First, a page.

Nicky - Theory of mind refers to the ability to think about what others are thinking and to be aware that your thoughts may be different to theirs. You may know things they don't or they may know things you don't. And it always struck me that theory of mind is rather like mental time travel, except that it's about a different sense of others. So mental time travel is about having an awareness of other times. I know I'm in the present, but I can imagine what I will be doing in an hour's time and I can reminisce about what I was doing an hour before we started our conversation today. So that's all the time. And theory of mind is kind of the same thing, but it's about self rather than time. It's about understanding that other selves can think differently and that my own self can think differently at different times. And so there's a fluidity in that progression, I think. And I think probably the strongest evidence for theory of mind in corvids, and I would say in non-human animals in general, comes from an experiment that we did on the jays, again, capitalising on their ability to cache or hide food. And so what we did is we know that these birds don't only hide their own food, they also steal the food of other birds. And so what we did was we had a setup where the bird either hid food in private on its own or in the presence of another bird who could watch it, couldn't get the food physically at the time because there was a barrier in the way, a window if you like. But the nosy parker could get a good view of where everything was being stashed. And then a short time later, once the potential thief had left the scene, we gave them the opportunity to recover their caches. And when the birds are just cached in private, they recover the food and they eat it. But if others had been watching, then although they recover some of the food and eat it, they move a lot of the caches to new hiding places, which by definition, the nosy parkers that have been watching don't know about because they've now been placed in new hiding places. And specifically probably the most striking finding was it was only those birds who themselves had been thieves in the past that moved the cache to new places, <laugh>. So in short, it takes a thief to know a thief. So birds that have had experience of stealing other bird's caches might be using a form of experience, projection of putting yourself in someone else's shoes and going, 'Hmm, I bet that nosy parker over there might steal my caches. I better move them as soon as they've left to new places because that'll protect them.' Birds that haven't had the experience of having their own caches stolen before don't do it. Suggesting that it's not just a hardwired automatic response that's inborn, but it's actually because of experience. But the birds have never been rewarded or punished for doing this. The experience they've had is of stealing caches, and they're using that experience to predict what another bird might do and then take action in order to protect those caches for the future. So it's a combination of theory of mind, of thinking about what another individual might do, anticipating and predicting what they think it might do, but also integrating that with the knowledge of, I better do this if I want my caches back in the future.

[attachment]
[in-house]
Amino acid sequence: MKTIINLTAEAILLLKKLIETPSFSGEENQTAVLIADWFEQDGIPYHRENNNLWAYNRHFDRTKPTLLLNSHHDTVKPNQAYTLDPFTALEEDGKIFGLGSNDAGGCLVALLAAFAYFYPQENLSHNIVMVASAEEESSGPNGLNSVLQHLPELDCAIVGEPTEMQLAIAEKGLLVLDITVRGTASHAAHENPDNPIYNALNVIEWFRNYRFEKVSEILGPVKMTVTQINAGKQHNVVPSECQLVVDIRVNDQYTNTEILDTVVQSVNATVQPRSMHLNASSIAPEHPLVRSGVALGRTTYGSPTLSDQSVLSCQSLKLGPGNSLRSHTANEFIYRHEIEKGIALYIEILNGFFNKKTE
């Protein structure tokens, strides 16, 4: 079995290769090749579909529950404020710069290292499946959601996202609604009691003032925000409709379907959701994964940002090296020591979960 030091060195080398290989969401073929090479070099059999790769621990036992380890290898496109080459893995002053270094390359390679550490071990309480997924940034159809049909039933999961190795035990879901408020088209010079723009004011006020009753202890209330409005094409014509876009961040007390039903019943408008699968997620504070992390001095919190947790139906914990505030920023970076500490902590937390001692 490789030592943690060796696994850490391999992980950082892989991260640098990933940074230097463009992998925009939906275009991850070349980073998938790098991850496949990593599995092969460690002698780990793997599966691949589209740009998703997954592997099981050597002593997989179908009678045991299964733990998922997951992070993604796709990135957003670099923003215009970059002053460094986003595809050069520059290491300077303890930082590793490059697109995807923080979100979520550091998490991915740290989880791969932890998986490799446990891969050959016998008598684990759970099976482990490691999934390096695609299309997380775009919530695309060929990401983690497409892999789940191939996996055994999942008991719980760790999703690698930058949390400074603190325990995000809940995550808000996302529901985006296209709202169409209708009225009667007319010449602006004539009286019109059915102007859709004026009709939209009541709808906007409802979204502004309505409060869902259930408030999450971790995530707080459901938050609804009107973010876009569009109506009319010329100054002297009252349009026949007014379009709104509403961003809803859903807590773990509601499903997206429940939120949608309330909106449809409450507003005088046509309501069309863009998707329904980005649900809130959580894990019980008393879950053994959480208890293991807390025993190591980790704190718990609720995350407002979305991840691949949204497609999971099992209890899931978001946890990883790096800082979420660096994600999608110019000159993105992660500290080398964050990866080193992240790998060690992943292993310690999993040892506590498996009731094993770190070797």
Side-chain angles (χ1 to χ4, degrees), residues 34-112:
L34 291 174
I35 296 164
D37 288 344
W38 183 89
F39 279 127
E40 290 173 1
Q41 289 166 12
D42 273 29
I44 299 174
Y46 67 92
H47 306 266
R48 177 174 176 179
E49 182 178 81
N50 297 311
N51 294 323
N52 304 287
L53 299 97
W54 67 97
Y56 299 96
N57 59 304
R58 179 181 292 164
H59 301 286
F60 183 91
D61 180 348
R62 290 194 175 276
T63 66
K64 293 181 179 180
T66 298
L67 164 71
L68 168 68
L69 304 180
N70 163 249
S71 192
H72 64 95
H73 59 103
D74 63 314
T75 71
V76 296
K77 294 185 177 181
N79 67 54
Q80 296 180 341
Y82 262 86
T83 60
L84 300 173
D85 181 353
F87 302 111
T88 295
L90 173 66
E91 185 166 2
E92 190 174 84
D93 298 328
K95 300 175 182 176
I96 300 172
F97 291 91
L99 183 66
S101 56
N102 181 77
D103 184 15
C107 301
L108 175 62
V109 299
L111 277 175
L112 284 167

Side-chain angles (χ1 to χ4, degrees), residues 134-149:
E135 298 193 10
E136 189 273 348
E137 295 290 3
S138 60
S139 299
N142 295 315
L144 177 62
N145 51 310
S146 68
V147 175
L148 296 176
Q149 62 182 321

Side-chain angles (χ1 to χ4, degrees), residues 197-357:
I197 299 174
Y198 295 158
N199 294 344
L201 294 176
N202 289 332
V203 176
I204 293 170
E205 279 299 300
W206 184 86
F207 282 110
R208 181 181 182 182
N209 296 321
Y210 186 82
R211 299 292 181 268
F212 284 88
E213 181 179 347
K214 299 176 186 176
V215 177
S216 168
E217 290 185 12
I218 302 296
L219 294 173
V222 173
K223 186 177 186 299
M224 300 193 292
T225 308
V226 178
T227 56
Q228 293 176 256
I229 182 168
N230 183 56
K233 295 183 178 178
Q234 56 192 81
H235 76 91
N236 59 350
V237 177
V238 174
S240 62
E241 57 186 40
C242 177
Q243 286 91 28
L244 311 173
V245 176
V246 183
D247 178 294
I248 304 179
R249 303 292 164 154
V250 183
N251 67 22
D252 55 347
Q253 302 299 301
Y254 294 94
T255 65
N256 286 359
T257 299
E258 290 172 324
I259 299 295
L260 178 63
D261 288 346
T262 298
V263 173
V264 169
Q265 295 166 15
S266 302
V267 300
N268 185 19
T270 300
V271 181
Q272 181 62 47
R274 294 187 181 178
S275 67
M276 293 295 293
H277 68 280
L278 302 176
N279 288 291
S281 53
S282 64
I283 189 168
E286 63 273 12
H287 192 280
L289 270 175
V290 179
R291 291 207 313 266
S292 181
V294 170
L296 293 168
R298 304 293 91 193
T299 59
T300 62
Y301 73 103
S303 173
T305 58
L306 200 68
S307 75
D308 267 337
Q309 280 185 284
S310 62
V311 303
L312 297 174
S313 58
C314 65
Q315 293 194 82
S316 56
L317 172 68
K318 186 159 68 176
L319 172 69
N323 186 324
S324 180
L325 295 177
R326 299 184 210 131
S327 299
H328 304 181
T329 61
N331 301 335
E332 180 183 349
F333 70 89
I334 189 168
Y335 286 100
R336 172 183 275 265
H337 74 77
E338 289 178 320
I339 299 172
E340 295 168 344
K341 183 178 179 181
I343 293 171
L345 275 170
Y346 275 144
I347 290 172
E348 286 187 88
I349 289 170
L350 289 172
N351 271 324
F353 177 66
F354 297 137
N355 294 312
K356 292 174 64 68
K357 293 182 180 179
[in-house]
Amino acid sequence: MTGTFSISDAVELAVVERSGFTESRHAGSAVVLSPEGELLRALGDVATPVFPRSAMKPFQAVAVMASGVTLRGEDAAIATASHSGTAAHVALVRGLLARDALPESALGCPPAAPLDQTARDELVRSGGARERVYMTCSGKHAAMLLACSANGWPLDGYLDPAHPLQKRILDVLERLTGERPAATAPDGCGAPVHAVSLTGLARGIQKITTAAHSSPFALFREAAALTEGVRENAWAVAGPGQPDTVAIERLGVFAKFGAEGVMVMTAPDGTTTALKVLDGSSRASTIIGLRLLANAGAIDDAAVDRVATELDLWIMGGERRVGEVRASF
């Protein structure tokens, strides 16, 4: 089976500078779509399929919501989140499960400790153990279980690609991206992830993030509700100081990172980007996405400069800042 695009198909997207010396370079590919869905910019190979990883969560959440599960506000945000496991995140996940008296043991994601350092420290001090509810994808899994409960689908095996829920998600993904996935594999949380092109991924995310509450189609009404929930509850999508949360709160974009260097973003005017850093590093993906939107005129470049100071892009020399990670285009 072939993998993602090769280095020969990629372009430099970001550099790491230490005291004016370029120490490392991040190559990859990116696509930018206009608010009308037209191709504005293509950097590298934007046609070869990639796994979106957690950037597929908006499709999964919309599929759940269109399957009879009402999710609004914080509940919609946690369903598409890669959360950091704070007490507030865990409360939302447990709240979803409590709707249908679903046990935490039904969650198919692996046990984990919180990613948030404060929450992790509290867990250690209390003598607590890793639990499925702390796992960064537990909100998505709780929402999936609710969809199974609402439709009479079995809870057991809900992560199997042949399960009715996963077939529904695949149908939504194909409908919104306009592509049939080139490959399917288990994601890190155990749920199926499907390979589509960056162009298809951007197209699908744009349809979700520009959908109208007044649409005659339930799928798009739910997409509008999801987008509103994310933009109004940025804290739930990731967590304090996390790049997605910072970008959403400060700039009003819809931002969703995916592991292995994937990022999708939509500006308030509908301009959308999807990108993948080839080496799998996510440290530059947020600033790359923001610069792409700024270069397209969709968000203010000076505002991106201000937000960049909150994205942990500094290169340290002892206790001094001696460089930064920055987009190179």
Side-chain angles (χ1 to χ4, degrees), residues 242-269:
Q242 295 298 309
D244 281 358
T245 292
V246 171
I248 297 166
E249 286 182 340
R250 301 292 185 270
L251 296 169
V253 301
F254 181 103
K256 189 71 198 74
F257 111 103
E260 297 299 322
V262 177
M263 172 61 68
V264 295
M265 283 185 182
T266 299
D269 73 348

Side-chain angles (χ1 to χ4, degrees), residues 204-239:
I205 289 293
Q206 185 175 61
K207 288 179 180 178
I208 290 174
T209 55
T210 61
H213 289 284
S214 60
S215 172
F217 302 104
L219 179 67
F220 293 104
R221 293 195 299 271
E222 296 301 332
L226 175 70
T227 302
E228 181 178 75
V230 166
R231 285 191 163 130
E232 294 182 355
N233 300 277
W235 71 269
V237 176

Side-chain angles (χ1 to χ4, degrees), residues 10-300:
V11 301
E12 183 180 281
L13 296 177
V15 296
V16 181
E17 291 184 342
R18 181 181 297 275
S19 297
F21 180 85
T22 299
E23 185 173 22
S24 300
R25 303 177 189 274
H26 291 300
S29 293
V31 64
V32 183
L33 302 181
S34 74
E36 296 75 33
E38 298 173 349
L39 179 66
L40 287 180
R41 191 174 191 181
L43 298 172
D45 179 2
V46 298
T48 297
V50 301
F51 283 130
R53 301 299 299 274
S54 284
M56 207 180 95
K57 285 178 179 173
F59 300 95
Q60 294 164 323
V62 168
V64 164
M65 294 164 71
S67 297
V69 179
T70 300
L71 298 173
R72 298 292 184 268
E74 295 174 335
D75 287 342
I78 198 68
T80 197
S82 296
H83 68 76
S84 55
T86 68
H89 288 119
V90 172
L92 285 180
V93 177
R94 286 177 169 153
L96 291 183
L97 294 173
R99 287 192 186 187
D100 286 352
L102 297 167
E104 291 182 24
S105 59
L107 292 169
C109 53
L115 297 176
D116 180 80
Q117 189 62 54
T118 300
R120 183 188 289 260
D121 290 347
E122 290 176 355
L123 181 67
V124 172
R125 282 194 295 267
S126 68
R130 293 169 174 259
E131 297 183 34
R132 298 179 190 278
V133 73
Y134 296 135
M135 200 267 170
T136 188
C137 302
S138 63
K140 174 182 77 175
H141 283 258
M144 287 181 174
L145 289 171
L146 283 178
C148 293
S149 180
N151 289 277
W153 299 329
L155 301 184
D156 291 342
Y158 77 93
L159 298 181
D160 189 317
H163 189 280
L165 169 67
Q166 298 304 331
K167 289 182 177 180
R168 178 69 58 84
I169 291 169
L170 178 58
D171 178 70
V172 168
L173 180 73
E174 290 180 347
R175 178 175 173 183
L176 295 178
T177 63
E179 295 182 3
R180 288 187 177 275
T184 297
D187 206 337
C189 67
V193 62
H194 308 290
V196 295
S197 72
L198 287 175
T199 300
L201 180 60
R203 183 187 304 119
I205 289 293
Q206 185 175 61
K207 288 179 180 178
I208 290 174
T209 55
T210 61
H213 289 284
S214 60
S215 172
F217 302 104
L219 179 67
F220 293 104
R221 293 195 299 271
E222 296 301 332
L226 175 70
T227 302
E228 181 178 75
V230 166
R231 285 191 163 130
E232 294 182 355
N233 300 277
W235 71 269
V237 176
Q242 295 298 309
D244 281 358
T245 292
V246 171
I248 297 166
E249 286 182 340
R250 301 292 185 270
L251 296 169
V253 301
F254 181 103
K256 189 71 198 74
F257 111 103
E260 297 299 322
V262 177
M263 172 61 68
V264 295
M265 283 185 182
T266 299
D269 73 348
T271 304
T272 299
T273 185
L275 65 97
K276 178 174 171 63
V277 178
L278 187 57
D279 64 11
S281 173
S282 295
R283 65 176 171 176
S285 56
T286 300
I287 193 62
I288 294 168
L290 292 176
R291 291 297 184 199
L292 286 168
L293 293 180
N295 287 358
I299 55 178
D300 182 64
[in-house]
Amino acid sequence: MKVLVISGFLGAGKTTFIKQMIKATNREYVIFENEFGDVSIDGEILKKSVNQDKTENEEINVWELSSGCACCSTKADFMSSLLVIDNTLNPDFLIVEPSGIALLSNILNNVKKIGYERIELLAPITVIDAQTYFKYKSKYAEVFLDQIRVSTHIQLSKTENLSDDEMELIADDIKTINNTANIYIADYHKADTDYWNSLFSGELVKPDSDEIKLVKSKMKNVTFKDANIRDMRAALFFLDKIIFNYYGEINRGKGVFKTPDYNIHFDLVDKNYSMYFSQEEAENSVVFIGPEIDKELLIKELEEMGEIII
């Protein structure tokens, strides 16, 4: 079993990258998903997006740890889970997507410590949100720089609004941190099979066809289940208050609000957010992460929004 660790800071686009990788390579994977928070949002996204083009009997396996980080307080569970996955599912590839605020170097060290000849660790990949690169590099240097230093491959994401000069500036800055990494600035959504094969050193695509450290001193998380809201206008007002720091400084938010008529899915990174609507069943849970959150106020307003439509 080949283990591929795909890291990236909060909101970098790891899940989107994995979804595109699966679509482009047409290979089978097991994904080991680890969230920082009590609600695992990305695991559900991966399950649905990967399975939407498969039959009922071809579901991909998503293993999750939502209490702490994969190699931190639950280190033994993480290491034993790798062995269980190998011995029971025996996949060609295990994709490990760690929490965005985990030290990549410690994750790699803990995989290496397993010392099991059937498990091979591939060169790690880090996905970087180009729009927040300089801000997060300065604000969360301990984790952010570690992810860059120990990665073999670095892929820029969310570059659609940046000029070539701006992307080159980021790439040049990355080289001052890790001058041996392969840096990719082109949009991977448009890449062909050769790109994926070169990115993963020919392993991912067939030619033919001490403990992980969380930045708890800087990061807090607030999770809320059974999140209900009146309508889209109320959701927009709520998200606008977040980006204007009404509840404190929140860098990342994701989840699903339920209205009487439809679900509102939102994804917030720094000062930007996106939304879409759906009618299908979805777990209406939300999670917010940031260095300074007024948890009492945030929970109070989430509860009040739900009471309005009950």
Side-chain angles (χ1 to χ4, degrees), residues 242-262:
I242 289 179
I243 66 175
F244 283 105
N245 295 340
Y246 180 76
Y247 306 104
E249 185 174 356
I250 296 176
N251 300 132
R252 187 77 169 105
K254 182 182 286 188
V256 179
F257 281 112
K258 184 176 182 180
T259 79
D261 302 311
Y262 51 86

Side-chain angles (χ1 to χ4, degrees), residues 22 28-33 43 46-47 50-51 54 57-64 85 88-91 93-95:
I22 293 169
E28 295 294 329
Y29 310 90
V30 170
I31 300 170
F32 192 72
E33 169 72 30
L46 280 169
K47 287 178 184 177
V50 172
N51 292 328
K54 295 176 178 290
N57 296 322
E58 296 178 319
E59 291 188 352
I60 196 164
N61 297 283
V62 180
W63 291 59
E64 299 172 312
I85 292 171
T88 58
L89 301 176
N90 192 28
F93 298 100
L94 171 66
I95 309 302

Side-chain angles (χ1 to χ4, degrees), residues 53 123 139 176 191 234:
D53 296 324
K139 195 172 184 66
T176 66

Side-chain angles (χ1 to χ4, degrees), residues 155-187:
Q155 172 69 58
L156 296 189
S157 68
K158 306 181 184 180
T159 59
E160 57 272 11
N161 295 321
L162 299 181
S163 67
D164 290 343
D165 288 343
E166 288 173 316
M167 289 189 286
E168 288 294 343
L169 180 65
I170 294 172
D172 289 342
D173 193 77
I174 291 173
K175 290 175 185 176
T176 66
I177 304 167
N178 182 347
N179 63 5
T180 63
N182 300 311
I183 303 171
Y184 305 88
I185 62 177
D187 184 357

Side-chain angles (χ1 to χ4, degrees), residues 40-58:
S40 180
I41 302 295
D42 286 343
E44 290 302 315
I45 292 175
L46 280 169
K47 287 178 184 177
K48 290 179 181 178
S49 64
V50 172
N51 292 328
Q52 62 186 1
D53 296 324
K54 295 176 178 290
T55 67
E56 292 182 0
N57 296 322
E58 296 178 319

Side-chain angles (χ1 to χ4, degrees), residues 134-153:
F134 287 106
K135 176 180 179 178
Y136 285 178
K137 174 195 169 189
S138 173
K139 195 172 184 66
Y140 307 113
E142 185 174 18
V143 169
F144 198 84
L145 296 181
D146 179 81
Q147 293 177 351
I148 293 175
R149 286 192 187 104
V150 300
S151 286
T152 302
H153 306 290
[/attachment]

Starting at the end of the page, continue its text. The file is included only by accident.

A rook

Nicky Clayton: What we don't know about animal cognition
Nicky Clayton, University of Cambridge

In this edition of Titans of Science, Chris Smith speaks with expert in animal comparative cognition, Nicky Clayton...

Chris - It's been wonderful to chat to you, Nicky, and to see how this has all unfolded over the last about two decades in Cambridge. What do you hope now will be the big questions we're going to get the answers to in your field in the next five years or so? What would you, if you could wave your magic grant wand and also your magic 'let's speed up time, let's do time travel' wand and get the answers to so many things. What are the big questions you want to see solved?

Nicky - Well, I suppose there's various things. One thing is to look in more detail at their experiential memories. The kind of memories that we have when we reminisce about the past. We've already shown that they can remember what happened, where and when, and they can remember who's watching. But two cardinal features of our own experiential memory revolve around the subjective nature of remembering the fact that we often have false memories of things that didn't actually happen to us, but we think they did. So I'd love to know whether they have false memories because it doesn't seem adaptive to have false memories. Surely that would lead to all kinds of inappropriate errors. And yet we think in humans, at least, that the reason we have these false memories is because memory evolved with the future in mind. And therefore it's very good at scenario building. And because the future by definition isn't certain, you want to have lots of different scenarios in your mind so that if things unfold in an unexpected way, you can still partially plan for them. And we think that's probably why we get these false memories, because they're very good at having multiple versions of the same thing, rather than a fixed flat rule about what precisely happened. And then the other one, and it's also related to the subjectivity, is this idea that we remember the source of our experiential memories. So, I know that London is the capital of England, but that's a purely factual memory. It's selfless and timeless. I don't remember how I came to know that London is the capital of England, I just know it. Whereas with an experiential memory, you remember how you know the information. Did I read it on the website? Did I listen to it on the radio? Did I watch it in a movie? I will have access to that information. Did a friend tell me? So I think it would be really interesting to know whether the jays are also able to give us the equivalent of saying, 'yes, I saw it or I heard it,' or for a cuttlefish it's, 'I saw it or I smelled it'. So I think there are two kinds of things about experiential memory that would be really fascinating to know more about. So that's one big question I think. I suppose the other one is thinking in more detail about whether we will ever be able to make some inroads into whether or not animals other than human beings are conscious. Obviously when you're talking about phenomenology, like are you aware of what you just saw? Are you aware of who said what to you? When are you aware of your memories? Are you aware of your plans for the future in humans? This is all couched in terms of linguistic things. We talk to one another in terms of sharing our memories and our stories and our plans for the future. It's not clear how one can do that in any animal, including the corvid in the absence of any agreed non-linguistic markers of consciousness. But might we be able to get somewhere through these other roots, through these things like asking questions about whether they know whether they saw it or heard it? Do they have false memories? Are they more confident in some memories and not others? And I think that would make a real inroad to discoveries if we could establish that through behavioural criteria on a firmer footing and have enormous implications for things like animal welfare.